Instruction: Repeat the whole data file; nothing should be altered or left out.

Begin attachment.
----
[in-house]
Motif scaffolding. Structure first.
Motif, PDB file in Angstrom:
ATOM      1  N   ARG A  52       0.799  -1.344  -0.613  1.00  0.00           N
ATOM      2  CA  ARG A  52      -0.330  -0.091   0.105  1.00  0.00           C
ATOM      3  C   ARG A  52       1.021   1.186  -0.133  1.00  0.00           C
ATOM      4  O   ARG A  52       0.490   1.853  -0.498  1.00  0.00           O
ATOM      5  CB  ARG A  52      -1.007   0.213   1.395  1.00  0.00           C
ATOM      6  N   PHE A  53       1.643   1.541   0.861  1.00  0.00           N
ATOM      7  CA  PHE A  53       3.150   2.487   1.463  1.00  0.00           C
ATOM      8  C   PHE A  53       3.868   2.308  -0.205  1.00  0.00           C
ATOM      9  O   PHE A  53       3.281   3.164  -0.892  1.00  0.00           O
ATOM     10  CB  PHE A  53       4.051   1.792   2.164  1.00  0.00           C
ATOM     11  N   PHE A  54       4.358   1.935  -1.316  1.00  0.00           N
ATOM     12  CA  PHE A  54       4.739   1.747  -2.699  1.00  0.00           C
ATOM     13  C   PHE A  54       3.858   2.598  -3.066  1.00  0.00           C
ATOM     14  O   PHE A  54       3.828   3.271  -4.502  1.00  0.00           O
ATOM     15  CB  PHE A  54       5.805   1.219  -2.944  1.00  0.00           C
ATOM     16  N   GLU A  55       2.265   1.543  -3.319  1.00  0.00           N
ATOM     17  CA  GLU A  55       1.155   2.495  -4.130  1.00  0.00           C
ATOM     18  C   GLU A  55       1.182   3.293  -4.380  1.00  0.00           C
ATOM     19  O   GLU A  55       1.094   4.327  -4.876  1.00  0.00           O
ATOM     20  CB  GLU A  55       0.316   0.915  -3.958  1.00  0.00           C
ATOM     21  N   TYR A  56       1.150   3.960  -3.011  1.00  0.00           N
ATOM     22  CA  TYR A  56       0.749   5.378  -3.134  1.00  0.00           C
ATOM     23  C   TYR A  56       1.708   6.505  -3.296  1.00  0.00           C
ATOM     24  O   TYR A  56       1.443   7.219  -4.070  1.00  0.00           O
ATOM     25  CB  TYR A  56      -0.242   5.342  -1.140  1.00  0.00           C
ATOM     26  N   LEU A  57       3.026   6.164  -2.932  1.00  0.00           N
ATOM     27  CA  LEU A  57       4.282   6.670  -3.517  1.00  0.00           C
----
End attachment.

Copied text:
[in-house]
Motif scaffolding. Structure first.
Motif, PDB file in Angstrom:
ATOM      1  N   ARG A  52       0.799  -1.344  -0.613  1.00  0.00           N
ATOM      2  CA  ARG A  52      -0.330  -0.091   0.105  1.00  0.00           C
ATOM      3  C   ARG A  52       1.021   1.186  -0.133  1.00  0.00           C
ATOM      4  O   ARG A  52       0.490   1.853  -0.498  1.00  0.00           O
ATOM      5  CB  ARG A  52      -1.007   0.213   1.395  1.00  0.00           C
ATOM      6  N   PHE A  53       1.643   1.541   0.861  1.00  0.00           N
ATOM      7  CA  PHE A  53       3.150   2.487   1.463  1.00  0.00           C
ATOM      8  C   PHE A  53       3.868   2.308  -0.205  1.00  0.00           C
ATOM      9  O   PHE A  53       3.281   3.164  -0.892  1.00  0.00           O
ATOM     10  CB  PHE A  53       4.051   1.792   2.164  1.00  0.00           C
ATOM     11  N   PHE A  54       4.358   1.935  -1.316  1.00  0.00           N
ATOM     12  CA  PHE A  54       4.739   1.747  -2.699  1.00  0.00           C
ATOM     13  C   PHE A  54       3.858   2.598  -3.066  1.00  0.00           C
ATOM     14  O   PHE A  54       3.828   3.271  -4.502  1.00  0.00           O
ATOM     15  CB  PHE A  54       5.805   1.219  -2.944  1.00  0.00           C
ATOM     16  N   GLU A  55       2.265   1.543  -3.319  1.00  0.00           N
ATOM     17  CA  GLU A  55       1.155   2.495  -4.130  1.00  0.00           C
ATOM     18  C   GLU A  55       1.182   3.293  -4.380  1.00  0.00           C
ATOM     19  O   GLU A  55       1.094   4.327  -4.876  1.00  0.00           O
ATOM     20  CB  GLU A  55       0.316   0.915  -3.958  1.00  0.00           C
ATOM     21  N   TYR A  56       1.150   3.960  -3.011  1.00  0.00           N
ATOM     22  CA  TYR A  56       0.749   5.378  -3.134  1.00  0.00           C
ATOM     23  C   TYR A  56       1.708   6.505  -3.296  1.00  0.00           C
ATOM     24  O   TYR A  56       1.443   7.219  -4.070  1.00  0.00           O
ATOM     25  CB  TYR A  56      -0.242   5.342  -1.140  1.00  0.00           C
ATOM     26  N   LEU A  57       3.026   6.164  -2.932  1.00  0.00           N
ATOM     27  CA  LEU A  57       4.282   6.670  -3.517  1.00  0.00           C